Saturday, February 26, 2005

Stupid Comments reports a story about some Jewish leaders' objections to comments in the Pope's new book. The comments draw a parallel between the irresponsible governmental systems that allowed for Hitler's holocaust and the current idiocy of governments in allowing the wholesale slaughter of the unborn. A section of the article, which got me particularly irritated, follows:
Paul Spiegel, the head of Germany's Central Council of Jews, told the Netzeitung daily newspaper that the Pope's comments were similar to those that he deemed "unacceptable" made by a Catholic cardinal in Germany last month

Spiegel told the Netzeitung that such statements show that the Catholic Church "has not understood or does not want to understand that there is a tremendous difference between factory-like genocide and what women do to their bodies."

Greens parliamentarian, Volker Beck, also condemned the statement and told the Associated Press, "For the pope to draw a comparison between abortion and the Holocaust shows a lack of moral and ethical direction."

The article goes on to tell that the Cardinal in question, Meisner, later apologized for his comments. I just wonder why. People were indeed hurt by the comments, but that's because of ignorance. A statement of sympathy, empathy, commiseration might be in order, but not an outright apology. He said nothing wrong... and niether does the Pope (who, by the way, cannot justly be accused in any respect of "lacking moral and ethical direction").

But here's the real reason I'm irritated. This all represents a trend in the modern world that sees the Church constantly apologizing for things that were really more misunderstanding than true injuries, all for the sake of echumenism. But this trend only perpetuates divides in society. The fact is that the Jews do not "own" the holocaust. It was a horrible crime against all humanity, and injured the entire human family, just as abortion does. Granted, there are certain demographics that ae injured more than others, but these, if anything, should commiserate and associate all the more with similar demographics from different situation - not try to separate themselves from them. (As an aside, I would note that just about the only salient feature of Rastafarianism from which we can learn anything, is that it's a good for people who are oppressed, enslaved, or persecuted to find comfort in the story of Exodus.)

We are forever hearing how "no one understands" this or that groups struggles except the group itself - and least of all does the Catholic Church understand. That big, tyrannic organization knows nothing of persecution and ostracization. The blood of the martyrs cries out from the ground of the Colloseum in reproach. Cynicism aside... the Cross is universal, and even the sufferings of those outside the Church effect the Body of Christ. Wounds to one member will cause all others harm. These are issues about which all men should come together and be indignant as a whole, not cause for bickering and argument about who's been more hurt historically. The holocaust, genocides, war, enslavement, invasion, and abortion are crimes against humanity and belong universally to us all. Each sould lay claim to these issues as personal affronts to his or her own human dignity, and also recognize in them something of their own guilt.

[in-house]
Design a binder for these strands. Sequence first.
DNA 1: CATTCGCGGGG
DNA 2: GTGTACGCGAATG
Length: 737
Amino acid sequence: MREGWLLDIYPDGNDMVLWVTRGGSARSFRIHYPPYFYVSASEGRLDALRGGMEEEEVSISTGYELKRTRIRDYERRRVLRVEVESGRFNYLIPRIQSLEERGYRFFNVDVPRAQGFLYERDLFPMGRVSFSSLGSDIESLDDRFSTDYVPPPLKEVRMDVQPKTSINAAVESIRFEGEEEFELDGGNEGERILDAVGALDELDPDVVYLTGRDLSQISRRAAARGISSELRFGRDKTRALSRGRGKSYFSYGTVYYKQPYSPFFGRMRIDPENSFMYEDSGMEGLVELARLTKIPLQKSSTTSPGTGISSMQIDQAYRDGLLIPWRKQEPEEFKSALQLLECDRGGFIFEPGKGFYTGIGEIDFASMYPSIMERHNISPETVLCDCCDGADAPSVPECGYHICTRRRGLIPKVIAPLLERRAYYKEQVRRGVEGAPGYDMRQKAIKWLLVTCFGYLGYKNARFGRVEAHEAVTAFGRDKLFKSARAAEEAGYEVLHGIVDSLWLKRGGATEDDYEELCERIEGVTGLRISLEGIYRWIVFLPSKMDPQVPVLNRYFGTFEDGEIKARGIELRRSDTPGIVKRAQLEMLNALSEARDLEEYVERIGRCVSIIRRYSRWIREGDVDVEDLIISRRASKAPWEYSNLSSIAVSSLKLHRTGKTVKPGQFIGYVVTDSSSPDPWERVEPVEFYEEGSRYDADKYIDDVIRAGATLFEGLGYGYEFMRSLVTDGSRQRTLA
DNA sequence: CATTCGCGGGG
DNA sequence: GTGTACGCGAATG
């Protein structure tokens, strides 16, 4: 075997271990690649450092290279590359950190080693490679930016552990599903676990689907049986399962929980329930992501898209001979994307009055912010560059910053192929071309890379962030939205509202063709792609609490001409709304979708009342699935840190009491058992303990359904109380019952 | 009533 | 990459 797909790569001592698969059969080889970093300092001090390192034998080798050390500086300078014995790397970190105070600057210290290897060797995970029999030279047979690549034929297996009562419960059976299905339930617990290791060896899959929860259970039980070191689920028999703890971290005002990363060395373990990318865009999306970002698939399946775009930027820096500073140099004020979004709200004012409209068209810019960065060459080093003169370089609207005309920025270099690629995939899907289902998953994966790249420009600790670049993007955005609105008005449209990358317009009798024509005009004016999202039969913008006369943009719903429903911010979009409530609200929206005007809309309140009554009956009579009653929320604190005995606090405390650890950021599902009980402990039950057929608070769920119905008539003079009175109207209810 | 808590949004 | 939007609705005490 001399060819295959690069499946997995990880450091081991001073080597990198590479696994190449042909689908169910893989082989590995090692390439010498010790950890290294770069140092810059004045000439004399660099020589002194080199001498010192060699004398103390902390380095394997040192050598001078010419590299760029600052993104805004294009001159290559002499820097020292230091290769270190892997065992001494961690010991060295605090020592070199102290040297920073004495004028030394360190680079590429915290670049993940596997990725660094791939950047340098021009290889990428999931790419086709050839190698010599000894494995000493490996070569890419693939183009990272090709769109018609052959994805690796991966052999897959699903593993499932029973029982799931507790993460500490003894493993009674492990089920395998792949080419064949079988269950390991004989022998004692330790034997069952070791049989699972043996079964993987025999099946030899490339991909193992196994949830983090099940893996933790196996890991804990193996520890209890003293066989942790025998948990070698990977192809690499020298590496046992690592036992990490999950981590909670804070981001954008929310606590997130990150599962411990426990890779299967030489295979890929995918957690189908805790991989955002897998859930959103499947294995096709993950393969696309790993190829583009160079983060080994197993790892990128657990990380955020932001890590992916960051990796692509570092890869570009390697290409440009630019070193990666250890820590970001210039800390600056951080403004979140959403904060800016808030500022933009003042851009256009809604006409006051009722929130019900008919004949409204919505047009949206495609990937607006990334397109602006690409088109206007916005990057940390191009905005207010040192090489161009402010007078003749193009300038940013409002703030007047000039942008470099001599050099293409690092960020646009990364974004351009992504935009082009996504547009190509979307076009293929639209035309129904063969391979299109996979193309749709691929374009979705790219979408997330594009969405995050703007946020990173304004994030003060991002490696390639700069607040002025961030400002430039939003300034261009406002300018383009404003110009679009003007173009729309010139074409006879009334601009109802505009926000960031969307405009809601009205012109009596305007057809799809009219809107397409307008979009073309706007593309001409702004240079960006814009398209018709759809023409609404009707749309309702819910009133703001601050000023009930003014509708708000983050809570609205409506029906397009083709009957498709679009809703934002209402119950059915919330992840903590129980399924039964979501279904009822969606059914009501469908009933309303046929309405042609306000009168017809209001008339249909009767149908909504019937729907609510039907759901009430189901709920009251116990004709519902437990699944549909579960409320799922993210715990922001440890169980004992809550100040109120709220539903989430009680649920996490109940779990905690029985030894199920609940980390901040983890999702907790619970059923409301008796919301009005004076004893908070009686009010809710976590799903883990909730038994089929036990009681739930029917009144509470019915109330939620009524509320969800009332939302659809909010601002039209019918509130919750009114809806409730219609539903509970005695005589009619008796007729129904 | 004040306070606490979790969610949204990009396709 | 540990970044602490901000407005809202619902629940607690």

I don't say that the Church should altogether stop apologizing. But with the message of apology, we need to combine some didactic expression as well. We must be an example to the world, and share the message that all of us ought to mourn and apologize for these types of crimes, because we'll all working members of the mechanisms that cause them. We should all reassert ourselves in fighting against injustice, asking for forgiveness from those to whom we've done wrong and forgiving those who have victimized us. Any time a group in society is the victim of some sort of systematized crime, every man should beat his chest and cry out "mea culpa," because these are "the little ones of God," his beloved and chosen favored ones from the beginning, who have been given to us for protection and care.


Blogger JMT said...

Hear, hear! I'm also tired of all the "apologies" that make us look like a sissy-church. You know, if I had ranted about ecumenism like that Shawn would have shouted "rad trad!"

Anyway, I read that comment from the rabbi earlier, too. My immediate response was "It's not about what women do w/ their bodies! It's about denying personhood to an entire group of human beings, and that's exactly what happened in the holocaust. Fool." Yes, Hitler attempted to systematically destroy the Jews, only nut jobs deny that, but he also systematically attempted to destroy Romanian Gypsies, Slavic peoples, the disabled, etc. Bah to him.

3/1/05, 4:39 PM  
Blogger JMT said...

Where is the weekly blogging?

And is there a special blog planned for my birthday at the end of this month? There better be...

3/9/05, 1:56 PM  
Blogger JMT said...

This comment has been removed by a blog administrator.

3/9/05, 1:56 PM  

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